17. alphanguy

    alphanguy Forum Resident Thread Starter

    Location:
    Missouri
    Due to the immense success of "It's Too Late", this is the song that it kept out of the #1 spot:

     
  18. zebop

    zebop Well Known Stranger

    I love Carole King's "It's Too Late" too. It reminds me of being very young, riding around with my grandmother and mother, 3 or 4. "It's Too Late" is proof of a timeless record yet one that is utterly part of its time. Like the others have described, this takes me back to 1971-72 every time I hear it.
     
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  19. Joey Self

    Joey Self Red Forman's Sensitivity Guru

    I always preferred "I Feel The Earth Move" to "It's Too Late."

    And I really like "It's Too Late," but if I was putting money in a jukebox, it was the other side. Love the intro to it.

    JcS
     
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  20. Bruce M.

    Bruce M. Forum Resident

    Then there is a God, after all.
     
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  21. Manapua

    Manapua Forum Resident

    Location:
    Honolulu
    Yeah, I Feel The Earth Move for me, too. They're both great tunes though. My first memory of Tapestry is buying it from Sears for 2.99. Ah, youth.
     
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  22. sunspot42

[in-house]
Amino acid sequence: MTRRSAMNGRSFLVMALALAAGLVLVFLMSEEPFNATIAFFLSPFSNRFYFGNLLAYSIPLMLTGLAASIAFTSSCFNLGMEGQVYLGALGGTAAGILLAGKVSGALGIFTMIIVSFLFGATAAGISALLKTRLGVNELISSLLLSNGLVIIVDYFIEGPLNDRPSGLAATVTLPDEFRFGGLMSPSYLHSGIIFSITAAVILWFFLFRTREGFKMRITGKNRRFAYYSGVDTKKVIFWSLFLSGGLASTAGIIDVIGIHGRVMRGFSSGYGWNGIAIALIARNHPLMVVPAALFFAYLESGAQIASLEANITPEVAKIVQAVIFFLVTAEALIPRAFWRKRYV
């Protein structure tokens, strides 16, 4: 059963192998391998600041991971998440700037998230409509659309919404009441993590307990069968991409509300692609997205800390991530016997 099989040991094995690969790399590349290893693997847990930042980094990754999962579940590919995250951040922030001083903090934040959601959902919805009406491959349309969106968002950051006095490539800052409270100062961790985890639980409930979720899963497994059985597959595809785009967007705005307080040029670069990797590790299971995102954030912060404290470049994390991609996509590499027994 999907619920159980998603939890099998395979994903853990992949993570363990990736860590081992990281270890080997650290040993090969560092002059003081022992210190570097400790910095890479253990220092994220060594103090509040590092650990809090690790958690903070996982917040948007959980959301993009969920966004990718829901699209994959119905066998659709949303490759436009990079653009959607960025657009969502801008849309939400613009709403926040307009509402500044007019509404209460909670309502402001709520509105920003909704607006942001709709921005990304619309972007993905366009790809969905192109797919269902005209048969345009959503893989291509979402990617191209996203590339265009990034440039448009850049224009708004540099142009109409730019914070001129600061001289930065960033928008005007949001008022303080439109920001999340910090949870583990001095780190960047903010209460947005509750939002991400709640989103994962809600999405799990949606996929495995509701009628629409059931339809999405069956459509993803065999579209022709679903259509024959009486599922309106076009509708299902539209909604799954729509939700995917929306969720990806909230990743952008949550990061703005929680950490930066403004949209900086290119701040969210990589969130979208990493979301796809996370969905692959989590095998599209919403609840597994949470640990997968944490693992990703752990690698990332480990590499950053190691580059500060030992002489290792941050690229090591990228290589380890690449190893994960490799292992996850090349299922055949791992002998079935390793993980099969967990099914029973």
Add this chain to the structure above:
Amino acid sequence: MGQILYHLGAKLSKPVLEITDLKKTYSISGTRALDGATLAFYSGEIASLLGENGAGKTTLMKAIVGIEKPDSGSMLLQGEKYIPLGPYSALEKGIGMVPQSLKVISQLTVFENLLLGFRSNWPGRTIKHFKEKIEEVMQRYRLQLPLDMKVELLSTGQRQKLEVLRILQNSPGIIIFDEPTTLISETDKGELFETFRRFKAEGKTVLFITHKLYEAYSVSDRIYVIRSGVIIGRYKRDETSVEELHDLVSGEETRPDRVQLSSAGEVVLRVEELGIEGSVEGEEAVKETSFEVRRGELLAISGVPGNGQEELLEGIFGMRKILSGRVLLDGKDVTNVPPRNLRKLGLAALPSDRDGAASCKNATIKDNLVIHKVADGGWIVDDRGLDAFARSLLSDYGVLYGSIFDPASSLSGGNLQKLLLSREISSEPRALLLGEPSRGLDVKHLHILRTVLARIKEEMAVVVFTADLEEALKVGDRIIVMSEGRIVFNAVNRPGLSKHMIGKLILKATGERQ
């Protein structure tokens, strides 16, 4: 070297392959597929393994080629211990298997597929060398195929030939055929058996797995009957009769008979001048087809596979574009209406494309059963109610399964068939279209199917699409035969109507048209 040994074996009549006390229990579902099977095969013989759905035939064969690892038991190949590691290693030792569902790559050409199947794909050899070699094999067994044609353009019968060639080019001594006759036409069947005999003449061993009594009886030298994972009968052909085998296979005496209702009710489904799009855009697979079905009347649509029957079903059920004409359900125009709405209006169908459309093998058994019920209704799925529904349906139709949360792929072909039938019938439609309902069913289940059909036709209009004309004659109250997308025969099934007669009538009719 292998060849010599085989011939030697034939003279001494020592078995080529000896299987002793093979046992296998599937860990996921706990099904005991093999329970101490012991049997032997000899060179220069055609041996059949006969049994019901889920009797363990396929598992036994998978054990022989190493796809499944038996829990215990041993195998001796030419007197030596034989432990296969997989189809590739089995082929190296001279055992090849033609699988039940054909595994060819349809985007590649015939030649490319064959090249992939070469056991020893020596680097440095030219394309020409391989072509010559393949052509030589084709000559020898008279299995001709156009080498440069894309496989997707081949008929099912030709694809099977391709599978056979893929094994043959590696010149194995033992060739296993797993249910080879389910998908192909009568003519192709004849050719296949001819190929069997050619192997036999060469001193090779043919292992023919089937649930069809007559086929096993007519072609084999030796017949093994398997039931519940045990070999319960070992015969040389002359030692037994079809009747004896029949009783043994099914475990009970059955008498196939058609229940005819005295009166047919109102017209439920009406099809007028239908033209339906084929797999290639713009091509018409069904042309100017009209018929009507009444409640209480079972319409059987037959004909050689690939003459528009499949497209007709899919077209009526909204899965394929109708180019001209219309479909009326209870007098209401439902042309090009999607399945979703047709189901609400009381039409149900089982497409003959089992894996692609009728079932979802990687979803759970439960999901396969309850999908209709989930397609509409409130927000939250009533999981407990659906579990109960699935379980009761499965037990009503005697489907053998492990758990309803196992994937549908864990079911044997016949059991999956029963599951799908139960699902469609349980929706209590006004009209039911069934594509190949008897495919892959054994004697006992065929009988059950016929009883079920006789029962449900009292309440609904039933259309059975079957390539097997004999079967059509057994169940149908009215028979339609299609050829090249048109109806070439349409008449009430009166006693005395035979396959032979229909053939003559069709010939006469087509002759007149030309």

sunspot42 Forum Resident

    Location:
    San Francisco
    I think that's a shame. It's one of Karen's better performances. Certainly more #1-worthy than some cuts that made it to the top.

    Harsh! OK, it is a bit syrupy, even for The Carpenters.
     
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  23. Black Thumb

    Black Thumb Forum Resident

    Location:
    Reno, NV
    This was the second of five times Karen and Richard got stopped at #2, which has to be at least close to a record. (They only hit #1 three times as a result).

    Man, that pumping piano just gets my pulse going.
     
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  24. Manapua

    Manapua Forum Resident

    Location:
    Honolulu
    The Carpenters definitely elicit strong feelings for and against. I'm a fan and remember well this one stalling at #2. In fact, for the next couple of years, they were the CCR of soft pop, always a bridesmaid. That would change and really, there's no shame in multiple top five hits. Frustrating? Yes.
     
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  25. alphanguy

    alphanguy Forum Resident Thread Starter

    Location:
    Missouri
    This is actually my favorite from Tapestry... it doesn't get much play on radio anymore, but it used to.